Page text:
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Old 05/23/2019, 05:31 PM   #11
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That seems like good progress!


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Old 05/23/2019, 05:50 PM   #12
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bertoni - Agreed. I think I might try some Microbactr 7 and see if there is a change in the ammonia readings. Although I am inclined to think that standard tank cycle could mask the results. Since I started with a lot of "dead" rock and a lot of "dead" sand, I was thinking a little seeding couldn't hurt...or at the very least it'll be a waste of money


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Old 06/02/2019, 01:23 AM   #13
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I did end up adding some Microbactr7 on day 7 since I was starting with a lot of dead material (the rocks and 450ish lbs of pulverized limestone). Here is the update 9 days after adding water:
Copper - Undetectable
Ammonia - 0 ppm
Nitrite - 3ppm
Nitrate - 80ppm
Ph - hovering between 7 and 8
dKH - 9


A little about how I started this tank cycling:
I did phantom feed (a pinch of flakes) for the first 3 days after adding water. I did not test the water during that time for ammonia or other chemicals. On the 4th day I did test and saw that the ammonia had reached 5ppm. At that point, I stopped phantom feeding. I am sure there was still some "left over" material on the walls that I didn't scrape off that contributed to the ammonia amount. I didn't completely bleach and sterilize the tank after I last drained it, though I did clean it with rags and swished around fresh water in the tank before soaking up as much as I could. The little water that remained just evaporated out. This is a 6ft tank and is not really something I can move myself, so no, it was not 100% rinsed and sterile .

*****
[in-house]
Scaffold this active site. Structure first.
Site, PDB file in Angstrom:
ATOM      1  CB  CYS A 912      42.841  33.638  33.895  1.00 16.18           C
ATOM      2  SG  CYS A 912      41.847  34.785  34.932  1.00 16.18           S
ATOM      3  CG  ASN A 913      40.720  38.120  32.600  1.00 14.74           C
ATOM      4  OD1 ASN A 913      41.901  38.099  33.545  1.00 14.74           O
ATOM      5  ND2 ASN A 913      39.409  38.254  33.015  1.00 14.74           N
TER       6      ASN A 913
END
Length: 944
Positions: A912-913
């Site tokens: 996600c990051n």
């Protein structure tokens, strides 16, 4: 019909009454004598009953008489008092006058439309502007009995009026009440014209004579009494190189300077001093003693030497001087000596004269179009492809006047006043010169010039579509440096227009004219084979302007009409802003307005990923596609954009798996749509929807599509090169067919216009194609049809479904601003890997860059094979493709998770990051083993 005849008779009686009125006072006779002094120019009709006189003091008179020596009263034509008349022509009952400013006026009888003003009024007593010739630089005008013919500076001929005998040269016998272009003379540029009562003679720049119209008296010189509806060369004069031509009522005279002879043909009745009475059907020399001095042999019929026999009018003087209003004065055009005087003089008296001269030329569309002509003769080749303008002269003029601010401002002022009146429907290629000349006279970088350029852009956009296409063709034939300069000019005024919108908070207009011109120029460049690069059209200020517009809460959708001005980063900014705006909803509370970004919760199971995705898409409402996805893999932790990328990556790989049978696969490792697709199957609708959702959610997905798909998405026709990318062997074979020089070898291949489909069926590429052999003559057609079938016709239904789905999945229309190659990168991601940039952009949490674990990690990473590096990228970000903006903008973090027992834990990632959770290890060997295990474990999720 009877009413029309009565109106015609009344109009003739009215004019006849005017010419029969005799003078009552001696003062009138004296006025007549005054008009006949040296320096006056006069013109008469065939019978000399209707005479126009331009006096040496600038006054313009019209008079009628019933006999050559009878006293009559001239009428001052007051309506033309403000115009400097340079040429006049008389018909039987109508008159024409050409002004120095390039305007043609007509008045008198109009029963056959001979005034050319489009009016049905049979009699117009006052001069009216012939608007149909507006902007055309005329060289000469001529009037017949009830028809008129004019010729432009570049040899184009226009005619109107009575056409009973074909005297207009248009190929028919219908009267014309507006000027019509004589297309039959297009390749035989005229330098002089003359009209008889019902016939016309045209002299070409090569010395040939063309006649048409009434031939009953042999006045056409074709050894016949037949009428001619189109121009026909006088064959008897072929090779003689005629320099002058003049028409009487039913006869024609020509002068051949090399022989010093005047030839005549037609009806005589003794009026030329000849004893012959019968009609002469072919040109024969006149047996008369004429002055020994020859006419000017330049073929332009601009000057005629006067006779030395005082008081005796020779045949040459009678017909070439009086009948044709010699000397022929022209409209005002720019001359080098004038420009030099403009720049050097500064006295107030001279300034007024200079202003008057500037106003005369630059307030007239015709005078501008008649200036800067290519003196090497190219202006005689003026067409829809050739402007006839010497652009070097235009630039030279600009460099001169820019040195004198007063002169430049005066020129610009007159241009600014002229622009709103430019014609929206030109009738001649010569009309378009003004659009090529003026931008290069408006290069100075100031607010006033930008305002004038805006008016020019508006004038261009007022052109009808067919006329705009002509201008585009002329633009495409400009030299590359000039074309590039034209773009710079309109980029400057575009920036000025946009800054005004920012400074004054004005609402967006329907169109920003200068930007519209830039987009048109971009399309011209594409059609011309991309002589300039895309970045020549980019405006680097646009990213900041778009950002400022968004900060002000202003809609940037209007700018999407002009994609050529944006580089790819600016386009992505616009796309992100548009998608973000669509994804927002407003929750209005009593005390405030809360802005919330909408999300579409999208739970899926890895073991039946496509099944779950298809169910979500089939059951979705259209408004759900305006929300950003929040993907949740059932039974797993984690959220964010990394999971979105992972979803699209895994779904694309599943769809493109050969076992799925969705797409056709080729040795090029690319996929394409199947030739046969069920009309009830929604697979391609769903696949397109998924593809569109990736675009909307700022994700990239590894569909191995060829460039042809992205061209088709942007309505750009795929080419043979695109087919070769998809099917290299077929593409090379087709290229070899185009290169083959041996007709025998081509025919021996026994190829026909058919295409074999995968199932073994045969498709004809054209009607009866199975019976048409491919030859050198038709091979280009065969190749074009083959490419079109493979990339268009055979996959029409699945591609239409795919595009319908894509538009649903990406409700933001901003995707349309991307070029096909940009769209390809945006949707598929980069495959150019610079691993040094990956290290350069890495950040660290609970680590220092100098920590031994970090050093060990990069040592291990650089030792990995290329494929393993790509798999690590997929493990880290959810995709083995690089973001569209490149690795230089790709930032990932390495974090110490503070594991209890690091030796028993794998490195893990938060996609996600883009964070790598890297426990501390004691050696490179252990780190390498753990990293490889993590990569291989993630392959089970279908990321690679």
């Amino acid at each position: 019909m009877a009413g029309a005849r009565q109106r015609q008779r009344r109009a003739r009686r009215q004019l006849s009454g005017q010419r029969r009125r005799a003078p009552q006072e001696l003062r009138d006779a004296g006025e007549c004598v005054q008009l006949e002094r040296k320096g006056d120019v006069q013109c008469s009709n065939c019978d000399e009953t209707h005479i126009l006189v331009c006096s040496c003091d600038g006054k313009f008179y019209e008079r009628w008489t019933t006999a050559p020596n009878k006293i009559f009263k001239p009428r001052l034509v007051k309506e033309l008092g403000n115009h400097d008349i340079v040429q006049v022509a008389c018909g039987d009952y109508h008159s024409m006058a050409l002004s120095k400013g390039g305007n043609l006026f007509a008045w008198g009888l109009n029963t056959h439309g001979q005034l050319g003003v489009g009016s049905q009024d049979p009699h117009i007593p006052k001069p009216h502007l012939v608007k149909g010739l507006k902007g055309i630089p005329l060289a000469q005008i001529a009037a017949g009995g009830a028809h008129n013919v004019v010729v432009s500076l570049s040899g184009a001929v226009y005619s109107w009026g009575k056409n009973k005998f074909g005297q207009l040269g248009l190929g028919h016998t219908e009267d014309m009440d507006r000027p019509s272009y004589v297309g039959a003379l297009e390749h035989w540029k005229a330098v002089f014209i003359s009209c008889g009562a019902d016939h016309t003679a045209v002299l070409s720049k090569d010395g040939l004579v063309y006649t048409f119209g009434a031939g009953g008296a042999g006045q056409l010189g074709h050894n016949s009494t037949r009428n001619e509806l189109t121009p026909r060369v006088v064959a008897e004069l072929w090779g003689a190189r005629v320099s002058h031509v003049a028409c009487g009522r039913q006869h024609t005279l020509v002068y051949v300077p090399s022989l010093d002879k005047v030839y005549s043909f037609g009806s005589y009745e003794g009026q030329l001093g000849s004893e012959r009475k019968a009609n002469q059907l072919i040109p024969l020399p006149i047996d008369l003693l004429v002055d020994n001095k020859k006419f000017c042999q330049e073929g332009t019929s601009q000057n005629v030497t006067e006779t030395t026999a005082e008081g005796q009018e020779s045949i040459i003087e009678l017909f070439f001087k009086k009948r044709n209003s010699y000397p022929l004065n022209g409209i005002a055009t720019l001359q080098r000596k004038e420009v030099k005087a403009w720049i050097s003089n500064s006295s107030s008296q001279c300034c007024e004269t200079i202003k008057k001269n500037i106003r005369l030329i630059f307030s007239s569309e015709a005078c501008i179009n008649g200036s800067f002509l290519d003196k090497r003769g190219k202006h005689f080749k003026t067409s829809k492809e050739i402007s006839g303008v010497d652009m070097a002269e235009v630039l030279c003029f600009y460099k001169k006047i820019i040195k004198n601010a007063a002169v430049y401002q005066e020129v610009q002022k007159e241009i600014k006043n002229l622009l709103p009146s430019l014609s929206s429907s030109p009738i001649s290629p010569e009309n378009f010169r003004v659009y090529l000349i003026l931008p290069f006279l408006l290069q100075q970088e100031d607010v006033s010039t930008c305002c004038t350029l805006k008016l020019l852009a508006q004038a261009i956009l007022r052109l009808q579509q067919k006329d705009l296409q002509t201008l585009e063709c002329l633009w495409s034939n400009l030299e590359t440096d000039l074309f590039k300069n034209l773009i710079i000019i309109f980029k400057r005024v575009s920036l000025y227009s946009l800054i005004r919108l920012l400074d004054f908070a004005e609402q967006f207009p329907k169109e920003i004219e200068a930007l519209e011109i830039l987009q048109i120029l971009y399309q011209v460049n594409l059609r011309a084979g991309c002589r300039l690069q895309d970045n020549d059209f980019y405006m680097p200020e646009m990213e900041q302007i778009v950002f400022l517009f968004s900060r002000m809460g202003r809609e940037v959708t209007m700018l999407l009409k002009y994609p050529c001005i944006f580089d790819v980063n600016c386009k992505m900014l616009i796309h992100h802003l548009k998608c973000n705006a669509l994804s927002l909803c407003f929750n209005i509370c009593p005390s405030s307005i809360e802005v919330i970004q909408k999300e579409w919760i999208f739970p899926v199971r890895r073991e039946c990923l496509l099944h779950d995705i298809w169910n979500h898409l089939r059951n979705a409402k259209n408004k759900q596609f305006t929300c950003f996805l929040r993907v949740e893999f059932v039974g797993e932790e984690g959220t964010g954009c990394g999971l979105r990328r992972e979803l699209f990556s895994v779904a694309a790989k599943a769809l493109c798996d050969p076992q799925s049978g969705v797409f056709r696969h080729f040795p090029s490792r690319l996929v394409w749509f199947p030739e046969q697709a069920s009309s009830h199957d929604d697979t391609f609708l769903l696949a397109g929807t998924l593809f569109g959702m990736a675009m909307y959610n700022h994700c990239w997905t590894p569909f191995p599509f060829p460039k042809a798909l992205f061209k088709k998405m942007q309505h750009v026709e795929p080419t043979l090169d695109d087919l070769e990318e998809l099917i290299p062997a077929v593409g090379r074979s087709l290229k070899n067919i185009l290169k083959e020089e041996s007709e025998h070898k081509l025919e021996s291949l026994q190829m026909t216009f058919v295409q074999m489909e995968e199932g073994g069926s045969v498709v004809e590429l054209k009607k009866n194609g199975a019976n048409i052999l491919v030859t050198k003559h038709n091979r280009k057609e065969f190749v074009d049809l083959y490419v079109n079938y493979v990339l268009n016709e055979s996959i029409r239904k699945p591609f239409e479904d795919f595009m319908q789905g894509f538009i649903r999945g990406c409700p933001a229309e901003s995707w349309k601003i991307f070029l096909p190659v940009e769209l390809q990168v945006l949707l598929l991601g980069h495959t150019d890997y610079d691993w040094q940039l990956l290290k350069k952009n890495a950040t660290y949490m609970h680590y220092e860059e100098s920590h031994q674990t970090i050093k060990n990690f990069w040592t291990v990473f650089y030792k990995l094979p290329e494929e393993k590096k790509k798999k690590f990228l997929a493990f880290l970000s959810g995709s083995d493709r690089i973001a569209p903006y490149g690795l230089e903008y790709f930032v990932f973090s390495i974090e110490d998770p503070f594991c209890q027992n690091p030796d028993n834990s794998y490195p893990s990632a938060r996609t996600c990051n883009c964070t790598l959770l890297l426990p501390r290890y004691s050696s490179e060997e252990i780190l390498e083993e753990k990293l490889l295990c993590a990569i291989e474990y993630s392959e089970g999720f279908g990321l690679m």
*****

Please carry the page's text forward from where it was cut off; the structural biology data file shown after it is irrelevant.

Observations:
1 - It appears the tank is cycling, though at a faster rate than I expected. Unsure if it was adding a combination of Microbactr7 and 40lbs of live sand, could be an effect of one of those products over the other, is what could be called "normal" (though for a 125g tank with almost all "dead material" I don't see that being the case), or could be some other unknown variable.

2 - Rocks and sand bed are covered in diatoms. Over the course of 3 days they went from small patches on the sand bed and rocks to almost complete coverage of rocks, substrate, heaters, pumps, and glass. Thought not what I would call " excessively thick", they are still present and very noticible.